Written by Spring Breakers director Harmony Korine, the 1995 film Kids tells a hedonistic story of just how awful teenagers can be when left to their own devices. With seemingly all of New York City as their stomping grounds, main characters Telly, Casper, Harold, and the rest of their rag-tag team of hoodlums commit acts of violence, lust, and substance-induced mind alteration – kind of similar to the activities most players get up to in the open worlds of many of Rockstar’s games.  

Imagine the story of Kids, but set in an open world à la Rockstar’s 2006 game, Bully – minus the boarding school and plus an M rating. It’d be a game where Telly and Casper can skateboard around freely, visiting friends around the open world, indulging in illicit behavior, and attempting to seduce girls around town. Furthermore, in Bully, players are given the option to get in fist fights with anyone they choose, something the titular kids do as well in Washington Square. It almost writes itself.

Behind its excess, Kids tells a complicated story about the dangers of teenage sexual promiscuity in the midst of the 1990s’ AIDS epidemic. A game based on Kids could have a similar opportunity to bring a taboo-issue to light, allowing players to act as freely as they’d like, but under the shadow of very serious ramifications. This is something Rockstar has never shied away from with its stories.

Manhattan
Woody Allen’s 1979 film Manhattan is about the tangled webs we often weave in our pursuits of love, how one’s happiness can come at the detriment of another’s, and how making the choices of who we want to spend our lives with is never as black and white as it seems on the surface.

The film opens with main character Isaac Davis, a 42-year-old dating a 17-year-old girl, though he soon runs into conflicted feelings for another woman – a woman his best friend is also having an affair with. It’s a tangled web of love and infidelity, and one that easily adapts itself well to the dating-sim or visual novel genre, such as Hatoful Boyfriend – but minus the pigeons. These are games where players are able to talk to different characters, choosing who they would like to court and eventually romance.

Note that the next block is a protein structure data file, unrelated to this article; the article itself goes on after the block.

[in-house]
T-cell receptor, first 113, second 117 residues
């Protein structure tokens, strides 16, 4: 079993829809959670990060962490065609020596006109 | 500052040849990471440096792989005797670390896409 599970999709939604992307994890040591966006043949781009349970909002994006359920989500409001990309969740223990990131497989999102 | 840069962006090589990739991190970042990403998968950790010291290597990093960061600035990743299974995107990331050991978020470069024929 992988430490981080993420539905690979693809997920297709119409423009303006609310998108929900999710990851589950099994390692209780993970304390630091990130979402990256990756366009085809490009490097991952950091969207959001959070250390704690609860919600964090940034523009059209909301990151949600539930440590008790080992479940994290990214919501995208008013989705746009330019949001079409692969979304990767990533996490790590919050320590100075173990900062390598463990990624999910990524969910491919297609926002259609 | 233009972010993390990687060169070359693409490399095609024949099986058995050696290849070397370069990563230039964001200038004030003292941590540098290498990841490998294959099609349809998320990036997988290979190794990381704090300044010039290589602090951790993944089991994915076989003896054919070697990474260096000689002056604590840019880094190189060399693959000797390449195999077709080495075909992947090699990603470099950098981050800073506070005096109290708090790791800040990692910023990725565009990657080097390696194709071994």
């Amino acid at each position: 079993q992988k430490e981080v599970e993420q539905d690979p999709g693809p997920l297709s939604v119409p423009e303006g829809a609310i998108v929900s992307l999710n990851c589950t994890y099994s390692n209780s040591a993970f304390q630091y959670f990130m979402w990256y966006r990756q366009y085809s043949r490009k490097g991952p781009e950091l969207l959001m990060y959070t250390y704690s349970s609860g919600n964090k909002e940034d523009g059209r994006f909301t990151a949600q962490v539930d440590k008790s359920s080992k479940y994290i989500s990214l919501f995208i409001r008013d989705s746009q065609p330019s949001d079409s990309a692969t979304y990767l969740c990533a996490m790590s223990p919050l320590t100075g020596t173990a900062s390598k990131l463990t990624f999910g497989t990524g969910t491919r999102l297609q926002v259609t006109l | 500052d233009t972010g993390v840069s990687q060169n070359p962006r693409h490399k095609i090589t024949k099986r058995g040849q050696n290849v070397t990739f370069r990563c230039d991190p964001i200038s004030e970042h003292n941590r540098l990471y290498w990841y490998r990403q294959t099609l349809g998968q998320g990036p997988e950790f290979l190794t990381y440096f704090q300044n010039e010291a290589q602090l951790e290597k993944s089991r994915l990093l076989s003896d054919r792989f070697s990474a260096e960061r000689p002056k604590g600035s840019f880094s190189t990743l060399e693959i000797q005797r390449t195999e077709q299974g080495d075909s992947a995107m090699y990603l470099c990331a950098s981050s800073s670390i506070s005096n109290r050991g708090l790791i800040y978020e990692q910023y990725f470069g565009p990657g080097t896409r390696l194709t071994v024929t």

A Manhattan visual novel would follow Davis as he pursues the two women, wrestles with the stigmas of dating a girl 35 years his junior, and climbs through his own tangled webs in an attempt to discover whom he truly loves. He would have to have complicated conversations with his best friend about the ramifications of both his infidelity and his own desires to be with his friend’s mistress. By the end of the game, players would have to make their final choice about who to be with and whether or not their decisions up to that point had the most satisfying outcome.

Air Bud
Closing on a much happier note is the story of a real cool pooch playing some sick games of hoops. Air Bud features no tangled webs of love, sexually transmitted diseases, or serial killers, just a real good boy doing some real rad dunks. So, what about a narrative-driven sports game based on Air Bud in the vein of the Spike Lee-directed campaign of NBA 2K16?

Players would assume the role of the dog Old Blue as he escapes his abusive, alcoholic clown owner, meets Josh, and learns he has the bizarre talent of being a balling pooch. As Blue’s career skyrockets, players would have to make important choices about how to handle their career, avoid temptations, like using recreational dog treats, choose which chew bone endorsements offer the best image for his brand, and, of course, play a lot of canine basketball.

What movies would you want to see get game adaptations? Maybe an Ichi The Killer game in the style of Bayonetta? Maybe a Human Centipede Match 3 Game? Let us know down below.